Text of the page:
Some of these tools seem more universal than others: the always-handy Shuriken is essential for consistent long-range damage, and the Mist Raven Feather that lets you phase through enemy attacks and reappear next to, behind, or above them for some life-saving distance and an unprotected vantage point got me out of countless jams. Others, like the Loaded Umbrella that blocks incoming projectiles or the Loaded Axe that smashes shields to splinters, are supremely useful, vital even, in their narrow, intended purpose, and rarely outside of that.
These tools also come with their own excellent upgrade trees that require precious resources to build into but produce better and better versions of themselves. That Loaded Umbrella is still useful by default, but when you upgrade it to negate all damage from apparitions – which cause the Terror status that will instantly kill you if you take too much – it’s a game-changer. Though expensive, when you finally build some of these up to tier two, three, or four tools and combine them with unlockable skills, they’re absolutely devastating in a way that’s not only flexible but regularly fun in seeing what lethal synergies between tools, skills, and abilities you can come up with.
World at War
While there’s no shortage of rich Japanese atmosphere in the background, Sekiro’s story is where I connected with it the least. On the one hand, it’s a much more straightforward tale than FromSoftware usually deals in, as your undying, one-armed Shinobi dutifully serves, protects, and endlessly murders at the behest of your master, a child Divine Heir blessed with immortality. On the other, because Sekiro is much more linear in its tasks, because the characters actually speak to you in coherent sentences and give you direction, and because there are ample clues and hints throughout the world that let you draw correct conclusions, it’s easy to blow through the journey without ever needing to stop and ponder, as I’ve come to expect in a FromSoftware game.
While Sekiro starts out like a work of historical fiction it quickly takes a hard turn into the mystical and supernatural.
That’s not something that’s inherently bad – far from it – but I realized that through the majority of the time I was playing Sekiro I was just doing what other people told me to do. I wasn’t discovering or uncovering or deciding what needed to be done, I was given orders and I’d follow them to the letter until the next set of orders, and so on, as though they’d accompanied each demand with a “Would you kindly?” Until I finally got to the point about X way through the campaign where I started making key decisions that changed the course of the story and determined which of the possible endings I’d see, I was feeling a bit powerless over my fate.
And while Sekiro starts out like a work of historical fiction in a bloody but atmospheric period of Japanese history, in typical FromSoftware fashion it quickly takes a hard turn into the mystical and supernatural. Granted, it has to, since resurrection is a core feature and all existing scientific data points suggests that 15th-century Japanese people couldn’t actually do that, but it’s done so in a way that’s both relatively grounded in reality and rooted in actual mythology, which I genuinely appreciate. These incredible environments ripped straight from myth and legend regularly overshadow the actual story in a welcome, compensatory way. Moments of traipsing through divine gardens, reliving memories from the past, and tangling with fantastical beasts all deliver a unified vision of a world that straddles this plane and the next, and I loved it. The vibrant, colorful sights and moody, atmospheric sounds create a varied world, set to a period-appropriate soundtrack that’s equal parts calming and haunting.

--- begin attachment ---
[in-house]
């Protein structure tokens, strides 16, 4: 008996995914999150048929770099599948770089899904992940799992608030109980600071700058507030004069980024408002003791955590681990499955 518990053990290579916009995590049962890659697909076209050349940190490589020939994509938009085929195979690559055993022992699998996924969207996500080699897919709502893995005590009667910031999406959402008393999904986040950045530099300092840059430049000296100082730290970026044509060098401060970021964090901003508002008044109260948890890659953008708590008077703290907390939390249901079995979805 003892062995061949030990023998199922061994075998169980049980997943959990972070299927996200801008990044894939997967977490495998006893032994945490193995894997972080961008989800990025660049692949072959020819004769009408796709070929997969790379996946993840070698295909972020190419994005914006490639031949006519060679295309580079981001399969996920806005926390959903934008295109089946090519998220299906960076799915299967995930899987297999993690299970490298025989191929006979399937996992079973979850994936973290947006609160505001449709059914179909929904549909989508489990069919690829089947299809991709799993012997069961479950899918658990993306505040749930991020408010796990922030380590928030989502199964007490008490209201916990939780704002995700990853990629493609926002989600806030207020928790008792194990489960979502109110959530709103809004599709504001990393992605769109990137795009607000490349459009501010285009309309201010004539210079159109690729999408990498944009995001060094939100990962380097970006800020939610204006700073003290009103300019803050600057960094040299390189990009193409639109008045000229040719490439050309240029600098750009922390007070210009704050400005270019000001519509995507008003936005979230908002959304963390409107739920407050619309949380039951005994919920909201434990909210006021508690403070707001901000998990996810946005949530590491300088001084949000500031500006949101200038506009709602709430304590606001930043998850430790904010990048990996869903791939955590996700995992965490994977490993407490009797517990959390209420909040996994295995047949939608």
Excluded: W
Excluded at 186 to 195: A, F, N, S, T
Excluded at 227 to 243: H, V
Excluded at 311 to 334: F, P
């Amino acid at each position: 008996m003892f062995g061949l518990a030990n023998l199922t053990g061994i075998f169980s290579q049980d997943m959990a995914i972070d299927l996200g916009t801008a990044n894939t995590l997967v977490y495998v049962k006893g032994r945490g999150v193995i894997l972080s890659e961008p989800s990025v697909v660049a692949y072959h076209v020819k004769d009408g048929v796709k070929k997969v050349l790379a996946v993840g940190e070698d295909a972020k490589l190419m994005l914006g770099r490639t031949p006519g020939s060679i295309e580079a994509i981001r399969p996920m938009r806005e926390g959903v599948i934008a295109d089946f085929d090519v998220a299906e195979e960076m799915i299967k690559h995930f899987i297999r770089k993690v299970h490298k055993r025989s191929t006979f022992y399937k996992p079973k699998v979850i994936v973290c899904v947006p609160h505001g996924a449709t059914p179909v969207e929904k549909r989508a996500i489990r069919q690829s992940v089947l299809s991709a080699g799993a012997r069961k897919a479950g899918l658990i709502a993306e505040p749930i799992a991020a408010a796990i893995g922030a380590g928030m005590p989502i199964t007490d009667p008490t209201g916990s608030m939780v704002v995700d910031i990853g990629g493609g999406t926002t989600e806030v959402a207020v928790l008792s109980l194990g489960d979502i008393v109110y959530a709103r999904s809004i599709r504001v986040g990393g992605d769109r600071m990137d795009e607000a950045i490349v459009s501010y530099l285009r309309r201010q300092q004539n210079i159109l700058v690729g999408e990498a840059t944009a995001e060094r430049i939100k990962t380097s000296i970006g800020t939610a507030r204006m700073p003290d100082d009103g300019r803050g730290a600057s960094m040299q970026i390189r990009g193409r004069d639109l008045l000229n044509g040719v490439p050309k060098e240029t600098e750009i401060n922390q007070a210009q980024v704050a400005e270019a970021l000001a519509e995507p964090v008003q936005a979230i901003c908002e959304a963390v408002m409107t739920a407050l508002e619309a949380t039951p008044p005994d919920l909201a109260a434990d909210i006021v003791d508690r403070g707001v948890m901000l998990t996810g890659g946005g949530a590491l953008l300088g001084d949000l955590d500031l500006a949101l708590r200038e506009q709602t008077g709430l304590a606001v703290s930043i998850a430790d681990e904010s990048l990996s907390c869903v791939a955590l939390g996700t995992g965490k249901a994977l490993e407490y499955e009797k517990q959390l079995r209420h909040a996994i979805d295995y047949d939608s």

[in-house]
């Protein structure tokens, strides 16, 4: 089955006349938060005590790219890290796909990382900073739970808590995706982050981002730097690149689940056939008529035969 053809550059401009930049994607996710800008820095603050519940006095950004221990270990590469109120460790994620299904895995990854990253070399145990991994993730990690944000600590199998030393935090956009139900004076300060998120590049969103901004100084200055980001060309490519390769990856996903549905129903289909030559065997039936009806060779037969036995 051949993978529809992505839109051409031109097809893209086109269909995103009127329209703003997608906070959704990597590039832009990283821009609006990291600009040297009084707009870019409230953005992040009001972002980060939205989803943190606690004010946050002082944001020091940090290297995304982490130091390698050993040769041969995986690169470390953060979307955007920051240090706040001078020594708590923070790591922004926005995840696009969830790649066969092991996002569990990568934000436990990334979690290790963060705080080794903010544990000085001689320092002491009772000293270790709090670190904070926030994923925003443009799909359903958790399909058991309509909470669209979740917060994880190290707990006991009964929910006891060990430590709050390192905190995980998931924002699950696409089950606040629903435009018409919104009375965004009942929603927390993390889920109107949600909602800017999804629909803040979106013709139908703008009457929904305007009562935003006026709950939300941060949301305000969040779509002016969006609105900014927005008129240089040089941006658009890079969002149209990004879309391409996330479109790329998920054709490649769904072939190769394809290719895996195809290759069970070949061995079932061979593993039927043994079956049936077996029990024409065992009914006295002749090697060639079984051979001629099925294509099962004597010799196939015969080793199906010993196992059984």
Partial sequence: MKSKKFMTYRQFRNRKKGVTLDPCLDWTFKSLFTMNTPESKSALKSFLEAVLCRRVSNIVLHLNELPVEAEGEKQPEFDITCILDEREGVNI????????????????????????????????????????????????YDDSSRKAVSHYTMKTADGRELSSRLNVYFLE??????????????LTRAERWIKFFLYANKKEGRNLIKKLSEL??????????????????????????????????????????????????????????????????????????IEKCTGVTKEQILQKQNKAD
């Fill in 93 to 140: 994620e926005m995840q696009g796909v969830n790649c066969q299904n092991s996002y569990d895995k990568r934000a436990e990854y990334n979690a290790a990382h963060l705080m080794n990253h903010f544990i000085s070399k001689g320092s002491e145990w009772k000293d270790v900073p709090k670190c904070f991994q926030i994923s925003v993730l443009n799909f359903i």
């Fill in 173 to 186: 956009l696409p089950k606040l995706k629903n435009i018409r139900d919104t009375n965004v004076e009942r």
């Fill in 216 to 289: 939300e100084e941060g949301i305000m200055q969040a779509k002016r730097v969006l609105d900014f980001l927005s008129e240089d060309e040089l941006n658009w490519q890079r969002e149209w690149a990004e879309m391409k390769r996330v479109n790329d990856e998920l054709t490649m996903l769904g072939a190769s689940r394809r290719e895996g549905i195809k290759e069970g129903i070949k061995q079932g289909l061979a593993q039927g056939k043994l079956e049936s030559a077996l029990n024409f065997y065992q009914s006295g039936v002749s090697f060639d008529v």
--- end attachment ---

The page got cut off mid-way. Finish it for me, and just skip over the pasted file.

Though Sekiro is overall a less obtuse FromSoftware experience and things are more straightforward, the world still retains much of that mystery that makes these games so engaging. You’ll find an item with seemingly no purpose or hear a rumor of a sword that can open a portal to the afterlife, or maybe just see a building on a cliff that doesn’t seem reachable. When I solved some of these riddles I was bound to Sekiro in the same excellent way as I was bound to Bloodborne when I finally saw the unseeable, or helped Solaire become so grossly incandescent in Dark Souls. And perhaps as importantly, the nagging clues I’ve uncovered and yet to solve will stoke the fires of my run into the New Game+.
Sekiro evolves From Software’s formula into a stylish stealth-action adventure that, naturally, emphasizes precision and skill in its combat. It walks the line between deliberate and patient stealth and breakneck melee combat against threats both earthly and otherworldly. Its imaginative and flexible tools support a more focused experience that shaves down some of From Software’s overly cryptic sensibilities without losing its air of mystery. Sekiro is an amazing new twist on a familiar set of ideas that can stand on its own alongside its predecessors.